A quest across India during the recent cash crisis, searching for divine truth and the perfect curry. This journey of discovery muses on the love of food, various incarnations of godliness, the power of belief and the true meaning of value. Winner of the 2016 Bodley Head/FT Essay Prize.
"I wanted to be a tourist in the most authentic bit of Paris. So I caught a train."
"For several days now, the Seine has been drawing a crowd. The international press, tourists and Parisians have come to look at the river because it is uncharacteristically high. Before I had seen it myself, I assumed the reason for all the curiosity was novelty. We’ve been told that the chances of the river breaking its banks are extremely low, but Paris can so easily be mistaken for a city frozen in time that changes in its landscape, even temporary ones, ask to be witnessed."
"This week, after a social-media barrage declared it obscene, officials refused to install a sculpture called Domestikator in the Tuileries Gardens near the Louvre. The same piece was then accepted by, and set up outside, the Pompidou, a contemporary-art museum less than a mile down the road."
"There are four days until Christmas. It has just gone six in the morning, I’m in the heart of the City of London, and I’m wondering: How do you tell a good quality pig’s head from a bad one?" Featured in Best Food Writing 2016.
"From the train, it is hard to tell where Paris ends and the countryside begins, but there is enough frozen farmland and forest around Rambouillet to stir in me a childish thrill as I travel south-west out of the city. I am a solitary figure, arriving in a sleepy French town in the midwinter chill, hunting for wolves."
"Italy has more grape varieties than all the rest of the world put together, the sommelier told me. She was not speaking in a professional capacity, but as a fellow drinker. We were sitting in Caffe Vini, on a cobbled backstreet of Turin, and I thought how this working men’s bar—its walls crowded with wine bottles, all from Piedmont, few costing more than 1.50 euros a glass, no two the same—was the ideal place to learn such a fact."
"It’s the bit of trivia I share more than any other: that France’s former colonial ties mean that over half the country’s coffee is still made from the lower quality Robusta beans. It forms part of my response to a common complaint visitors have about the French capital. Australians are the worst. As a friend’s brother from Sydney once memorably put it: 'Lovely city, mate, but the coffee’s shithouse!'"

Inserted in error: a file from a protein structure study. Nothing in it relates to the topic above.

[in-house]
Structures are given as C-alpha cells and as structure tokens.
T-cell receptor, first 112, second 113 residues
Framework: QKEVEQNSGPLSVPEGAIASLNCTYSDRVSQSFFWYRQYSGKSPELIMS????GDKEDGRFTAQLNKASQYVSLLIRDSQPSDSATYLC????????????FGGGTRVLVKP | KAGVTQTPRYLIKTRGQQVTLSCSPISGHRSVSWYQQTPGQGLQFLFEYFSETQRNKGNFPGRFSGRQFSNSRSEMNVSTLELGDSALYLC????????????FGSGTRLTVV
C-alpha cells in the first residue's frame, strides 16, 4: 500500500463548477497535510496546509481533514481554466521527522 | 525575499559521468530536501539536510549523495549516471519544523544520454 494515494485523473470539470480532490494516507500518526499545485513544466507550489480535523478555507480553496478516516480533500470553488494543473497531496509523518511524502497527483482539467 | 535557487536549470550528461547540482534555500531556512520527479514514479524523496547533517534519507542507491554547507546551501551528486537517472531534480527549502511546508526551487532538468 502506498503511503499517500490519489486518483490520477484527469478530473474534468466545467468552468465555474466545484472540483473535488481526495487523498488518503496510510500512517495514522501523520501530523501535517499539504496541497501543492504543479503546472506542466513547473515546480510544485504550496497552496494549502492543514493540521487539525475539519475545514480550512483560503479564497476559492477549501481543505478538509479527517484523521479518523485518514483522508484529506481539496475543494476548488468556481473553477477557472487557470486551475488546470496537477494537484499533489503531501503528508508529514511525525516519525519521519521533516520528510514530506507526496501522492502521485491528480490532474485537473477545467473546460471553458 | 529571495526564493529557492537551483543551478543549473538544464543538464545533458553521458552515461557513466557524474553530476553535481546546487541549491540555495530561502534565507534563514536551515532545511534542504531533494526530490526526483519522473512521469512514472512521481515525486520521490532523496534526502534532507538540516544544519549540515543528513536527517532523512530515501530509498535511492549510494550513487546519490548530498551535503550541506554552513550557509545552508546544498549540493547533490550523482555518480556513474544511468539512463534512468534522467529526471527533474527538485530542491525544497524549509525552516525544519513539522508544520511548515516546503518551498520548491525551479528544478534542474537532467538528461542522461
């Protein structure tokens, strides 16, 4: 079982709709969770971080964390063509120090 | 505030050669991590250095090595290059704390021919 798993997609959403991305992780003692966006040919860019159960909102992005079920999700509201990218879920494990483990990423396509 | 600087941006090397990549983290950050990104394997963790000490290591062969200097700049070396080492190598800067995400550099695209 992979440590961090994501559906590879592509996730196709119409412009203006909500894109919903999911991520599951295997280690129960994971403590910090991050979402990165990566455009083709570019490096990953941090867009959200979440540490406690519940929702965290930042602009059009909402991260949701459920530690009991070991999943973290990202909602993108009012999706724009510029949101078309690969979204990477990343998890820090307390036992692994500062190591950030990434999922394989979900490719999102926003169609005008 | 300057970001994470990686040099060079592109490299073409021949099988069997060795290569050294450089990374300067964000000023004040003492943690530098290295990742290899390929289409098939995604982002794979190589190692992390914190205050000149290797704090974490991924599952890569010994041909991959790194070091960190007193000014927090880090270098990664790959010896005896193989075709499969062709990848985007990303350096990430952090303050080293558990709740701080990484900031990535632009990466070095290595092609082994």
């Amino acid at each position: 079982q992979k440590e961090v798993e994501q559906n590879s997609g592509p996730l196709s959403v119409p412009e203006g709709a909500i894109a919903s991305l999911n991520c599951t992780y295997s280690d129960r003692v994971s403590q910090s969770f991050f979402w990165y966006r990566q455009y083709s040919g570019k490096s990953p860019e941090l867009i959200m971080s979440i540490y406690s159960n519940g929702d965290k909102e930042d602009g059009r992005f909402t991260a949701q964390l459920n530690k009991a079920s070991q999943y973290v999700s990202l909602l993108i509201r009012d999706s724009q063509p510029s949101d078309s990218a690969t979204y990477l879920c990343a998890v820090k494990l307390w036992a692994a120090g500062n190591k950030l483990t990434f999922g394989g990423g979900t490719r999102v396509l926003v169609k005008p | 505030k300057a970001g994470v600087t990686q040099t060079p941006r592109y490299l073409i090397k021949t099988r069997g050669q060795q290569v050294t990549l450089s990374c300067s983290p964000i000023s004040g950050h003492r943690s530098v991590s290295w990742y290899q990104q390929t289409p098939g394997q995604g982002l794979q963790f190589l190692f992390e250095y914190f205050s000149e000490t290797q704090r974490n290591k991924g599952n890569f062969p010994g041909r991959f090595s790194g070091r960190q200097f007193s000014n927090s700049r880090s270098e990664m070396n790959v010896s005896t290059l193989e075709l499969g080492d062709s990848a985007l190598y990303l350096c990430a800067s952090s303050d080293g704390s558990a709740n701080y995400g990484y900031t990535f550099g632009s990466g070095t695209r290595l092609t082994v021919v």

The Greyhound bus service in the United States has decent claim to being one of the worst travel networks anywhere on Earth. Journeys are interminably long, comforts are rudimentary, and a sense of real danger constantly pervades; it’s not even cheap. But there are few experiences that bring you closer to the American soul.
Founded in 1971 as a London-based wholesale coffee bean supplier, Costa has grown to become the second largest coffeehouse chain in the world. It boasts over 3,000 stores across 31 countries. All this, despite offering what I can only describe as a quite staggeringly mediocre experience.
There are over 1,300 neolithic stone circles located across the British Isle. Their original purpose lost to prehistory, people across all ages have attributed ancient legends to them and ascribed them spiritual meaning. This lack of information, also makes them a blank slate for the tourist: it is up to the sight-seer to decide what aspect of stone circles is worth seeing.
A serial pet-murderer is terrorising London’s suburbs, brutally slaughtering hordes of defenceless kitties. A pair of amateur private detectives is determined to crack the case.
Paris is one of the great multicultural centres the world, a fact ignored almost as much by its visitors as its citizens. A trip to the famous hammams of the Goutte d’Or neighbourhood is the perfect way to see the city in a different light.
This is the story of a warrior and a killer. Probably. It is definitely the story of a storyteller. It is an exploration of memory and writing set, respectively, in the pages of a notebook, on the hot streets of Dubrovnik, and during the internecine strife of the Bosnian War. It is about a man who called himself The Wolf.
Some of the rest.
Slouching Towards Santiago: A Journey of Discovery for TravelMag
Amnesia and Getting Lost in a 1986 MS-DOS Game Noir for Outermode
The Ultimate Everyday Luxury for Roads & Kingdoms
A Quest for the Sacred Tears of Summer in a Colder Time for Roads & Kingdoms
Brighton Running on Empty for Roads & Kingdoms
Pharrell Williams' Assault on Freedom for Buzzfeed